Everything cannot be referred to reason as to a supreme arbiter. Reason will lead you a long way across the plain, but beyond the plain there is, like a row of visionary blue mountains, a range of highland which is the abode of the riddles, the questions, the inconsistencies which are quite outside the level lands of reason. No one can tell why the Omnipotent Beneficence (some people hate to see the word God) ever allowed cancer and malarial mosquitoes and Prussian militarism to establish themselves so firmly on the earth which is the Lord's. It is impossible to explain this away, and unless you argue from the fact of their undoubted existence that there is no such thing as the Omnipotent Beneficence, and become that very silly thing called an atheist, the best thing you can do (collectively) is to look for the germs of cancer with a view to their destruction, cover with paraffin the breeding places of the mosquito, and help, if you have the good fortune still to be useful, in the extermination of Prussian militarism. All these three things are, very possibly, manifestations of the devil, and even if they are not (improbable as it sounds), they are so like manifestations of the devil, that we are justified in mistaking them for such. I am quite convinced of that, and am impervious to any argument about it. I "am in love and charity" (in my microscopic degree) "with my neighbours," but that would not prevent me killing a German with all the good will in the world, if I was put in the firing line, any more than it would prevent me squashing a malaria-carrying mosquito with my Prayer Book. And if I could sing (which I can't) I would bellow "Peace on earth, good will towards men," at the top of my voice, even while I was poising the Prayer Book or drawing a bead on the Prussians. "Inconsistent," I daresay, but why be consistent? Besides, deep down, I know it is consistent.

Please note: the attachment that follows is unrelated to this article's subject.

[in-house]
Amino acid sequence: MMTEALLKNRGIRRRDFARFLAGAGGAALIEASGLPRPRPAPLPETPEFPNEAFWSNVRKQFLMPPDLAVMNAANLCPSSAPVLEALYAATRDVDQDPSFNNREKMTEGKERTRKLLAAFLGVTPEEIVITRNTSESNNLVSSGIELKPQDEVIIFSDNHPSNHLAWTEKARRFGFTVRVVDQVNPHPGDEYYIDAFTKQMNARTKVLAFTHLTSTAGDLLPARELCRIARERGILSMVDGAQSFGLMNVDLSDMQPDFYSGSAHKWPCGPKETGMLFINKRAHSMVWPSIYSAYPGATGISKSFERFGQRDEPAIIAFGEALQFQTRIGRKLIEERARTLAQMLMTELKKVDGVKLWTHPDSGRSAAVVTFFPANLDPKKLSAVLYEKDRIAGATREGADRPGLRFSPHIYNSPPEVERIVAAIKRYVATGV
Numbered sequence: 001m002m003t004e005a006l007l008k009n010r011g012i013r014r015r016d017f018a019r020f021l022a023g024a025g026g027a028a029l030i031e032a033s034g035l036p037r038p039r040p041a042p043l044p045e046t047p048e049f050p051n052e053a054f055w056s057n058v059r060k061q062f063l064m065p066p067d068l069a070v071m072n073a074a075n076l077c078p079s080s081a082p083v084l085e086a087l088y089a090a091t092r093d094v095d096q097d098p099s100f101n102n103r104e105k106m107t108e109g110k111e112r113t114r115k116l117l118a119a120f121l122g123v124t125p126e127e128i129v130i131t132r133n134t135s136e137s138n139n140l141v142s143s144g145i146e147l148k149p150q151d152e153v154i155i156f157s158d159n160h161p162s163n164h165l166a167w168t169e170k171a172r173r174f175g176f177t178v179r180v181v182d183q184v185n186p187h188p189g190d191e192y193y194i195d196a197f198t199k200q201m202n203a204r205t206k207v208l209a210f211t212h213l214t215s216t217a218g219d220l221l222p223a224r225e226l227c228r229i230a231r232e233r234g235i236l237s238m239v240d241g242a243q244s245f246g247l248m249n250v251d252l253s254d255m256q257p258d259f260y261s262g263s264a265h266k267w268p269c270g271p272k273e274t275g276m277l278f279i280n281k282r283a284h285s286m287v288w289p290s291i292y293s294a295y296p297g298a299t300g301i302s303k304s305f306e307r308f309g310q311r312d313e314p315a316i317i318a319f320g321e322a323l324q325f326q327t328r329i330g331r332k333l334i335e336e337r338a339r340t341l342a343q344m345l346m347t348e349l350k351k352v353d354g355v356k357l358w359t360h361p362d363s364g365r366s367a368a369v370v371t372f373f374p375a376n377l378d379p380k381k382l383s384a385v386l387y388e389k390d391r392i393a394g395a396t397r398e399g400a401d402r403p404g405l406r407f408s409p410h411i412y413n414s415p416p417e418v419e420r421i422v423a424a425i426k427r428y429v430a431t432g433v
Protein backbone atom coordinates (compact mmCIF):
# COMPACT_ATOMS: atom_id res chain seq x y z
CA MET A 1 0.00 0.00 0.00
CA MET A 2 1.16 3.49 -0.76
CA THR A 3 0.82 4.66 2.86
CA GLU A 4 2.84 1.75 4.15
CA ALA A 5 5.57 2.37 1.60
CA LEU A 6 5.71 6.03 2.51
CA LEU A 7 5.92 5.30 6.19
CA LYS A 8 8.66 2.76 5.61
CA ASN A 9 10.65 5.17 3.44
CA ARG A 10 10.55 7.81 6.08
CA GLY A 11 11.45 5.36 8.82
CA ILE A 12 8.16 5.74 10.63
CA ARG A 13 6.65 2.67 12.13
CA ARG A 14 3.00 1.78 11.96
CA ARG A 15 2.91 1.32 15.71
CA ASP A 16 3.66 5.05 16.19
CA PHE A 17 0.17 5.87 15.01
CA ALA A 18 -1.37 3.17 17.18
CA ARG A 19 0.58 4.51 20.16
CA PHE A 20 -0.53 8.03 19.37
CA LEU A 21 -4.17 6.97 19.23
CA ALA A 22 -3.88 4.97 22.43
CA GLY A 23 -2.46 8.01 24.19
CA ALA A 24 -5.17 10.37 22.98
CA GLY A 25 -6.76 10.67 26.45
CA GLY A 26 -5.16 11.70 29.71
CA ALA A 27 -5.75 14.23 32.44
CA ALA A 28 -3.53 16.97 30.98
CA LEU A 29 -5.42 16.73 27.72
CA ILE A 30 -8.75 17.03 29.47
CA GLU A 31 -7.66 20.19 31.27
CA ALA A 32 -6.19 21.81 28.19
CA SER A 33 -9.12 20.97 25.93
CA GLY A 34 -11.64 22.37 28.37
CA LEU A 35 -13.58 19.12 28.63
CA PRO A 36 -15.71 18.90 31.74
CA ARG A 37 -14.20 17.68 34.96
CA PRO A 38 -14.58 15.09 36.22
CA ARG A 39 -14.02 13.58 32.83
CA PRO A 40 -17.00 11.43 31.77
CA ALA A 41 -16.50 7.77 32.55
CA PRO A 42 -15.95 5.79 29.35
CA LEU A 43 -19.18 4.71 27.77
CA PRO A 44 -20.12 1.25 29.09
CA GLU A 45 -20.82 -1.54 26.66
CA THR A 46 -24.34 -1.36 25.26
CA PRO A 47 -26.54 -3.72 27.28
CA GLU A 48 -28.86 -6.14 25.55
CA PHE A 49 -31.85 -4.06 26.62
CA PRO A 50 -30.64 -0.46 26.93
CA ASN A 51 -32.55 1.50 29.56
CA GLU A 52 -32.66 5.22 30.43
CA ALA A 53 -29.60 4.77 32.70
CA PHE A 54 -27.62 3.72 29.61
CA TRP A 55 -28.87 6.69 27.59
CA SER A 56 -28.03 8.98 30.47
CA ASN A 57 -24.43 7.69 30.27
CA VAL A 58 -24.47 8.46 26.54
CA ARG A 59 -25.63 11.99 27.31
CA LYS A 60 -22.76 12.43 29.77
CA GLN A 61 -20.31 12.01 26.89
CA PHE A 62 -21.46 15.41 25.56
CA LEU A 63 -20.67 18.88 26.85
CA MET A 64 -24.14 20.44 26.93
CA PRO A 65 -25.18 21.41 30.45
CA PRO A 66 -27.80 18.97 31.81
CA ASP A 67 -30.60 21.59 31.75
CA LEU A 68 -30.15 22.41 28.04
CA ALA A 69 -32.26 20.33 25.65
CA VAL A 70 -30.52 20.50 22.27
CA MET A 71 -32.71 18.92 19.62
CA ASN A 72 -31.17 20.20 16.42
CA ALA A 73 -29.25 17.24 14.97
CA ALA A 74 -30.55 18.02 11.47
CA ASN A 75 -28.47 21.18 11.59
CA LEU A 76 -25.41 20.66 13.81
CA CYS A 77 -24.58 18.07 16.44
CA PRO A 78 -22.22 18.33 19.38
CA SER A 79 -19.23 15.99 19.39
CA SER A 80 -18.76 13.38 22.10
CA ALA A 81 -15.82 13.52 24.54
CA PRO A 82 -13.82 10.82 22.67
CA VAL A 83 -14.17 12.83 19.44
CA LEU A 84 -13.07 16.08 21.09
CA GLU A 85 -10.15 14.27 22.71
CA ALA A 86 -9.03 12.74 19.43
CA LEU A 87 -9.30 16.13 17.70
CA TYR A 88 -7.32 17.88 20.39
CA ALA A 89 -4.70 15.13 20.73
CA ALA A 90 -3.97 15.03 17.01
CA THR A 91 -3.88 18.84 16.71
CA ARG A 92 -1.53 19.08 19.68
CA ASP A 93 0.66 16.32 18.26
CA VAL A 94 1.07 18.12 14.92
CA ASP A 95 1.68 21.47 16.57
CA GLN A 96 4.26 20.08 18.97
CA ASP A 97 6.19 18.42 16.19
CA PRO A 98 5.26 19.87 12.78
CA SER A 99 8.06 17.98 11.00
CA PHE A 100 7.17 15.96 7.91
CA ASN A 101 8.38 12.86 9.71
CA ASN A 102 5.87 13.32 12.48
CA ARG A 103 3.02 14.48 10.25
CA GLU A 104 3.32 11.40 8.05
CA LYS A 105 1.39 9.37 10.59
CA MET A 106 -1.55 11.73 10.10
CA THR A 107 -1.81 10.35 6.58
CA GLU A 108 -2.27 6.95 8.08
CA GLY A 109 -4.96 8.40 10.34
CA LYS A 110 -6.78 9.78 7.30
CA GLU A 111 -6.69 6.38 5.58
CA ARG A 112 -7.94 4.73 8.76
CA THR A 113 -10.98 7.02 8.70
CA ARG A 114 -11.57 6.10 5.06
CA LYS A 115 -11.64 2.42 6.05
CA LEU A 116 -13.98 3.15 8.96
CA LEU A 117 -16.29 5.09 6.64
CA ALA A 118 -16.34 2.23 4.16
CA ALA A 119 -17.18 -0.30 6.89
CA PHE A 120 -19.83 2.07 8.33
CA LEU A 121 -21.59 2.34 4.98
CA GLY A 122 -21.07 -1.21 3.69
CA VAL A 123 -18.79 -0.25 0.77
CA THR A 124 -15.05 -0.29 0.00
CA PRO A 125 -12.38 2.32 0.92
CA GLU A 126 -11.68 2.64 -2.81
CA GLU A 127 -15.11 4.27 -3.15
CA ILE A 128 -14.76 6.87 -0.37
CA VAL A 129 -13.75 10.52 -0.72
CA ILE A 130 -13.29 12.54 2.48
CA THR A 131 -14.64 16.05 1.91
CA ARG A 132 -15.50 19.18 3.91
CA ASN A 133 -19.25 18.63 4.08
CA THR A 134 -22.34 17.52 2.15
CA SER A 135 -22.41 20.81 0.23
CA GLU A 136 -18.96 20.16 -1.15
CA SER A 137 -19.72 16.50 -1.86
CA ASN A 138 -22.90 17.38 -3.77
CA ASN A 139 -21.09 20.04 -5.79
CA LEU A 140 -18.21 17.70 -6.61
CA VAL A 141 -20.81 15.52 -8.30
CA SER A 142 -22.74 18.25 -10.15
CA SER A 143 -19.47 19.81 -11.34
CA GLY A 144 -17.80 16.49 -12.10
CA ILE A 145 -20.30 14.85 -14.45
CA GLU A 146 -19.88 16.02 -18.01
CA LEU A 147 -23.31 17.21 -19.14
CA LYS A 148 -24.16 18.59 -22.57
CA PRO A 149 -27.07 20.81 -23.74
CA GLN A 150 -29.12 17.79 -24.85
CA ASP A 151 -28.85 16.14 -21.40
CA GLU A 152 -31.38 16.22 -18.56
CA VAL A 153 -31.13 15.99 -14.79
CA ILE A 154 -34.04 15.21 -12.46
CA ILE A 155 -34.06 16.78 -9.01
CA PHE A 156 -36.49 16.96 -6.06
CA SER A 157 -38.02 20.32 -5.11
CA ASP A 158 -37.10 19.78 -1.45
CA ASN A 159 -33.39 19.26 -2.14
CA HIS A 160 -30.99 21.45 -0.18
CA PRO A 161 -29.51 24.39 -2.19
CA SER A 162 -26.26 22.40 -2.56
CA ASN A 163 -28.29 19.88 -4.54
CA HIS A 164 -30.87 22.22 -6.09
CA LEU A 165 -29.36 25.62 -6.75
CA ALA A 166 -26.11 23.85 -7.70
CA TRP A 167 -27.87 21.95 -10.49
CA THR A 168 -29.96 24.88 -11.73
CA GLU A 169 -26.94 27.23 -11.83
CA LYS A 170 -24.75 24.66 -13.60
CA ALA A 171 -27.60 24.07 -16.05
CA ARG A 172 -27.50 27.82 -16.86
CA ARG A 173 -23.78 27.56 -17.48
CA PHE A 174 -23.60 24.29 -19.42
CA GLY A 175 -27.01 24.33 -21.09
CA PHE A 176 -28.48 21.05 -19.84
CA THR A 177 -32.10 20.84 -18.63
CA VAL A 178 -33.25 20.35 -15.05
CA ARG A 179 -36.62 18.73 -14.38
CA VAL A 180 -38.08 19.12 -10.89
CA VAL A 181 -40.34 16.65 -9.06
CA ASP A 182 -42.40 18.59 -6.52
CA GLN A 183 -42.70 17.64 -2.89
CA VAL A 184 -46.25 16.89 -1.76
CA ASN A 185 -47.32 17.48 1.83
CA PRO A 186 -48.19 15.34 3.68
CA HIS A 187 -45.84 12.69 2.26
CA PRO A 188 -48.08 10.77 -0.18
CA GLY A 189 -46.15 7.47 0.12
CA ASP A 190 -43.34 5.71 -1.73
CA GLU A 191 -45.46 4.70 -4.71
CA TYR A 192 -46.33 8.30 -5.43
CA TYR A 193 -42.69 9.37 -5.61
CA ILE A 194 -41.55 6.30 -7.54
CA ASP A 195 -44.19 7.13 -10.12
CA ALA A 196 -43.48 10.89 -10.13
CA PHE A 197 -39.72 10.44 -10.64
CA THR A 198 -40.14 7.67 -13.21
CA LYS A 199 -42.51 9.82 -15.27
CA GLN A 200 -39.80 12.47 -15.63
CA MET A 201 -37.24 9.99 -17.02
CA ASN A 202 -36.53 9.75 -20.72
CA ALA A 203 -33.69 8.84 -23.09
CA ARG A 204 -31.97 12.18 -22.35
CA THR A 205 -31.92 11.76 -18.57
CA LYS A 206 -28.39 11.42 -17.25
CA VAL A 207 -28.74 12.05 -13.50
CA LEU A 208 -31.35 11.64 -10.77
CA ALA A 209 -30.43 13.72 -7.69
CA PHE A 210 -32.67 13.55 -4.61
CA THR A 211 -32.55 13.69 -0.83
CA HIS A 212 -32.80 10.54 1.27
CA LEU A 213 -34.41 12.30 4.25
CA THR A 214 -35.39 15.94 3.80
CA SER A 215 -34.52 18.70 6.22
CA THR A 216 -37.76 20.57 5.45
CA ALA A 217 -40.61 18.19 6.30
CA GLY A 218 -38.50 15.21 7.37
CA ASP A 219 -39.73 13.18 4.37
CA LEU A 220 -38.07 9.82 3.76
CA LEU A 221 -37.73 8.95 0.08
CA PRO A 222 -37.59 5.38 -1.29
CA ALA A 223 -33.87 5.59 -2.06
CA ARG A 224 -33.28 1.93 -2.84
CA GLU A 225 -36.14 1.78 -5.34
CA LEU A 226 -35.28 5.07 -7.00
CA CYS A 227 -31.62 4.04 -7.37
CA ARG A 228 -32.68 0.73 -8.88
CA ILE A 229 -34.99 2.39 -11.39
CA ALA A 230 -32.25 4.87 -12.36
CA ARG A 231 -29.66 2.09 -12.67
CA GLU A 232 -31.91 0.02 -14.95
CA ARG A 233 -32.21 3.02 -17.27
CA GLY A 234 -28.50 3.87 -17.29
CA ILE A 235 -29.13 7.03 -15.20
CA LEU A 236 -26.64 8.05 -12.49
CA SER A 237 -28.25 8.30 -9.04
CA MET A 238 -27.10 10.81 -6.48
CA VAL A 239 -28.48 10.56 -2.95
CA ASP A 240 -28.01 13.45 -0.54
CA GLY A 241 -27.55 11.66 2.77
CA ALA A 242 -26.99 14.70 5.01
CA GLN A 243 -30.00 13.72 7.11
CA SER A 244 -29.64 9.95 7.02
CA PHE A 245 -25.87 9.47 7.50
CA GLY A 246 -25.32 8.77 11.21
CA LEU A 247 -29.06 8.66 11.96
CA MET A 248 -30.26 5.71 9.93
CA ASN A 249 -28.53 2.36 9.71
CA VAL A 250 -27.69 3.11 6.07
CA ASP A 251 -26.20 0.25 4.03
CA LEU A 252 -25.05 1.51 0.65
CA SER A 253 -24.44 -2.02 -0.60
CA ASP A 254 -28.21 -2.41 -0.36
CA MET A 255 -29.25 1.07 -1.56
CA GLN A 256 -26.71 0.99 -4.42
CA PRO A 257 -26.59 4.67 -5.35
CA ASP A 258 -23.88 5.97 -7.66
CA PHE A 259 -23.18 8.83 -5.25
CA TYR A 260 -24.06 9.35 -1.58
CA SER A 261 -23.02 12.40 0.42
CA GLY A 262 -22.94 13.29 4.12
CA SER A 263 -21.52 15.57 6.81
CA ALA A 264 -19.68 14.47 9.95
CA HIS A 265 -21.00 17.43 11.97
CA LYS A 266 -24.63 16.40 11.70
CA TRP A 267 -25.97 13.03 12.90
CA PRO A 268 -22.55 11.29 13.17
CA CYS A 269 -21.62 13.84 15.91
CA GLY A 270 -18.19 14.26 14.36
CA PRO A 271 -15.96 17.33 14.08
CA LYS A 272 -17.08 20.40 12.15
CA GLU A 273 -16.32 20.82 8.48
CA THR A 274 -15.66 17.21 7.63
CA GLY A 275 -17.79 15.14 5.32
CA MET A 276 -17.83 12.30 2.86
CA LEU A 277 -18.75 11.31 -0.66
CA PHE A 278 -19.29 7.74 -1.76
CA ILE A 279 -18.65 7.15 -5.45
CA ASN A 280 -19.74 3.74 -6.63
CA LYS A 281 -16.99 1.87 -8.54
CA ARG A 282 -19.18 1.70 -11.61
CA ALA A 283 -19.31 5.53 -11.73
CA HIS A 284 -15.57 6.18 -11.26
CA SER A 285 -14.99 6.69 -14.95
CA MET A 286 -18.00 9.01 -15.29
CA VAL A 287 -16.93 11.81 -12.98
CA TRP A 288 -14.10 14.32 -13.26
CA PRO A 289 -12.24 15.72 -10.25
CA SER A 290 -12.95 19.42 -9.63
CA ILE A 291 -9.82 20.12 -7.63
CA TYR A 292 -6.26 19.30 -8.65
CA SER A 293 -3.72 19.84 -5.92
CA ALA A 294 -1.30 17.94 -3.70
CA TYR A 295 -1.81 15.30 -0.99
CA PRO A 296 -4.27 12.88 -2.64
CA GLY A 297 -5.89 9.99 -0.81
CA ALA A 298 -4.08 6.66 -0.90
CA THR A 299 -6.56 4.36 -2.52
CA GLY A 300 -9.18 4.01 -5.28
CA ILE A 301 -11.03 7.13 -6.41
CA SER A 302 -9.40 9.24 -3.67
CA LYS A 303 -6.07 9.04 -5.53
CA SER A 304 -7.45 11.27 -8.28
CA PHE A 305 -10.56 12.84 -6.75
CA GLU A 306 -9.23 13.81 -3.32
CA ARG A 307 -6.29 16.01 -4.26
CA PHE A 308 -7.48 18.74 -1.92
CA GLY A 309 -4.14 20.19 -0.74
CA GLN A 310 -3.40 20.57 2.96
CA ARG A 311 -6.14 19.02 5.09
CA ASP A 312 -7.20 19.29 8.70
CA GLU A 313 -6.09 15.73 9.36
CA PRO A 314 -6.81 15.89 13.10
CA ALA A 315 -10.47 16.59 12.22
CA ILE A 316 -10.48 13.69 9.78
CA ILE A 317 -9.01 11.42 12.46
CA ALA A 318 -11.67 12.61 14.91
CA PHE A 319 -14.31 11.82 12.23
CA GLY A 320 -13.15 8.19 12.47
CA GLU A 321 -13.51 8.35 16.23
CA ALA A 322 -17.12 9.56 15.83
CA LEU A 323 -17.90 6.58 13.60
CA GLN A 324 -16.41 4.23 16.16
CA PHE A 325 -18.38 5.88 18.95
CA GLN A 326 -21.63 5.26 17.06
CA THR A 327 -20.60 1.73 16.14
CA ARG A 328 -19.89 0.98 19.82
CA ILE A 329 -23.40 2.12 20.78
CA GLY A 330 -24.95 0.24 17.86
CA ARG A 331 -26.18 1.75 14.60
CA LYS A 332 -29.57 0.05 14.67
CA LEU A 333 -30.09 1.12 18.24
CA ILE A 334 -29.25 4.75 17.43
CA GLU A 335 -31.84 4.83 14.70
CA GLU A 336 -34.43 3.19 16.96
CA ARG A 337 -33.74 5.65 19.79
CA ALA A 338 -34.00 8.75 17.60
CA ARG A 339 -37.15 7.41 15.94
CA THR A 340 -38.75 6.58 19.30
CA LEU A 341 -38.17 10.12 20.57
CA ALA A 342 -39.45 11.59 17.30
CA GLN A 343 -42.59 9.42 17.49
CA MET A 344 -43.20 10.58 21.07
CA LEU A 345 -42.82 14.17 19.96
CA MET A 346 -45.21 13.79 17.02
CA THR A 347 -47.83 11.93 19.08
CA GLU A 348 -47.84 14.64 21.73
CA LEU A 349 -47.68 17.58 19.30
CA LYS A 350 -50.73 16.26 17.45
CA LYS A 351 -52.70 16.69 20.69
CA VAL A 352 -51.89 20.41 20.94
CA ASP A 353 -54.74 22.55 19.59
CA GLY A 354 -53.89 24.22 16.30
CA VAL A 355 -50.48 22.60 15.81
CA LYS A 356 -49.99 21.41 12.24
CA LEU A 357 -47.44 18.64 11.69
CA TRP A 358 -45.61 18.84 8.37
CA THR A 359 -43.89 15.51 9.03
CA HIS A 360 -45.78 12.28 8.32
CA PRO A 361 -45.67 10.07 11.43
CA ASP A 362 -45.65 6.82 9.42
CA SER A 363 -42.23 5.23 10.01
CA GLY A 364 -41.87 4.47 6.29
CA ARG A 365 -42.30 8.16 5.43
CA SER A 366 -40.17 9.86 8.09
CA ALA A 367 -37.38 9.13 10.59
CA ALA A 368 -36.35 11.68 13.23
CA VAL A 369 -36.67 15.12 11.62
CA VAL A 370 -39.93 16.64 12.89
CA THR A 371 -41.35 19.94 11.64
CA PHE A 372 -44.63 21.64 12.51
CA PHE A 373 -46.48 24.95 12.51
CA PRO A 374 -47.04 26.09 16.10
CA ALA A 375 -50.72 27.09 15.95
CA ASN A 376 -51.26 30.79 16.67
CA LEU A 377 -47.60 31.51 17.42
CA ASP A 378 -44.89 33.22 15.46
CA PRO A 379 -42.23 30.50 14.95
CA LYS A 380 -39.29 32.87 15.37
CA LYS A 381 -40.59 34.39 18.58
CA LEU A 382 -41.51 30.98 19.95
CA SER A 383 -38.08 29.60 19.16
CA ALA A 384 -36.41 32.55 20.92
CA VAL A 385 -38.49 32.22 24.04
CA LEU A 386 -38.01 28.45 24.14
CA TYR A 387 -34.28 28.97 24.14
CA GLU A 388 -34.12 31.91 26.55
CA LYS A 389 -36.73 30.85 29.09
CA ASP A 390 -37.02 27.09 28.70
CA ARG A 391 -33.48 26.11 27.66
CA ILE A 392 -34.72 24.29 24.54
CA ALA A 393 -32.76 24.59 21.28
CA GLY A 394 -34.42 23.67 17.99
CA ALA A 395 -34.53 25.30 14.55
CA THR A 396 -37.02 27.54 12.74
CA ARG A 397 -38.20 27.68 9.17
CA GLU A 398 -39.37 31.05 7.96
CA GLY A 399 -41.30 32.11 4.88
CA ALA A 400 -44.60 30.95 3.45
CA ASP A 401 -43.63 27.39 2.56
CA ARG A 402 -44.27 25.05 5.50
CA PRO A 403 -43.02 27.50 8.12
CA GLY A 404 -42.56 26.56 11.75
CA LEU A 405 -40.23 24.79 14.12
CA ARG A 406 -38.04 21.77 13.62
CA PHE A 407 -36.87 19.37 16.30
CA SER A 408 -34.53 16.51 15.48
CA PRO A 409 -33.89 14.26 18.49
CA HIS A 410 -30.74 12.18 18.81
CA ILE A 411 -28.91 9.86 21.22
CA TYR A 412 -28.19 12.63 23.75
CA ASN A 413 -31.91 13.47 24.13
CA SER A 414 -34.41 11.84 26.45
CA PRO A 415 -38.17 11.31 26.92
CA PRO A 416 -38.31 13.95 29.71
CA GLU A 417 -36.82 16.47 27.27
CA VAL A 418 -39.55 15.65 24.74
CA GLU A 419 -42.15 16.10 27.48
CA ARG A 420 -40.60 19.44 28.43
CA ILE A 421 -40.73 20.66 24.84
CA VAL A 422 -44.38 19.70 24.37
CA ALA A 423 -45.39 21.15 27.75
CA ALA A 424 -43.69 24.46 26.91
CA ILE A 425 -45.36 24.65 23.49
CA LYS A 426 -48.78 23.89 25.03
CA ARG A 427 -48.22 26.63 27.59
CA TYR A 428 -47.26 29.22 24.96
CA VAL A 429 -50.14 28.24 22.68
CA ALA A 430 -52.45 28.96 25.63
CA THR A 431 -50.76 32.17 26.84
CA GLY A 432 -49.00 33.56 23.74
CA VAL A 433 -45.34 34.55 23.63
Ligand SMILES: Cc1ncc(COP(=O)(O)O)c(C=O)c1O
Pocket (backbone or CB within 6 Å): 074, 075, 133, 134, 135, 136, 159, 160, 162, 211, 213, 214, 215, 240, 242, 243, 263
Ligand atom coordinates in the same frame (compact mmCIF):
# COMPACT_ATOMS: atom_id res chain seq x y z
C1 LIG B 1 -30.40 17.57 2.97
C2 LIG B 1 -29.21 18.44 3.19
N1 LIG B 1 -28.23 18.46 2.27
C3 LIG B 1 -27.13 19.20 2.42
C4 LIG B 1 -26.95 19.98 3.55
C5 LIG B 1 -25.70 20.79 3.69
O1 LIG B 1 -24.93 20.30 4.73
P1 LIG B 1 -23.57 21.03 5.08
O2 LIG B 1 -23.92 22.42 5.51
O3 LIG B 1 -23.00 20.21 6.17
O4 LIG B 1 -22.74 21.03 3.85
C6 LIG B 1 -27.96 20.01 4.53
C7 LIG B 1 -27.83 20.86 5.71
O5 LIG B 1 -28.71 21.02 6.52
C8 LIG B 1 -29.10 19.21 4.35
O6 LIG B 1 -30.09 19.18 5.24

Yet, though we all recognize the essential consistency of this apparent inconsistency, how we long, as with the yearning for morning through the dark hours of pain, for the time when such complication of instinct will have vanished. Twelve leaden months have dropped sullenly, one by one, into the well of time, salt with human tears, and those who were optimistic a year ago, believing that when Christmas next came round, Europe would have recovered from this madness of bloodshed, are less confident in their outlook for another Christmas. But few, I think, if a stroke of the pen could give back to the world that menacing tranquillity which preceded the war, would put their name to so craven a document. Now that we know what those faint and distant flashes of lightning meant in the years that saw us all sunk in the lethargy of opulent prosperity, now that we know what those veiled drowsy murmurs of thunder from Central Europe portended, we would not take in exchange for the days of direst peril, the false security that preceded them. Even as America now is drunk with dollars, so that no massacre of her citizens on the high seas will reduce her from the attitude of being too proud to fight, to the humbler office of resenting crimes that send her defenceless citizens without warning to the bottomless depths of the Atlantic, so we, with our self-sufficiency and our traditional sense of supremacy, could not be bothered to listen to the warnings of the approaching storm till with hail of fire it burst on us. Then, it is true, we ceased to dream, but ever since our kind nurses have done their best to cozen back those inert hours. "I'm sitting up, dearie," they say. "Just wait and see."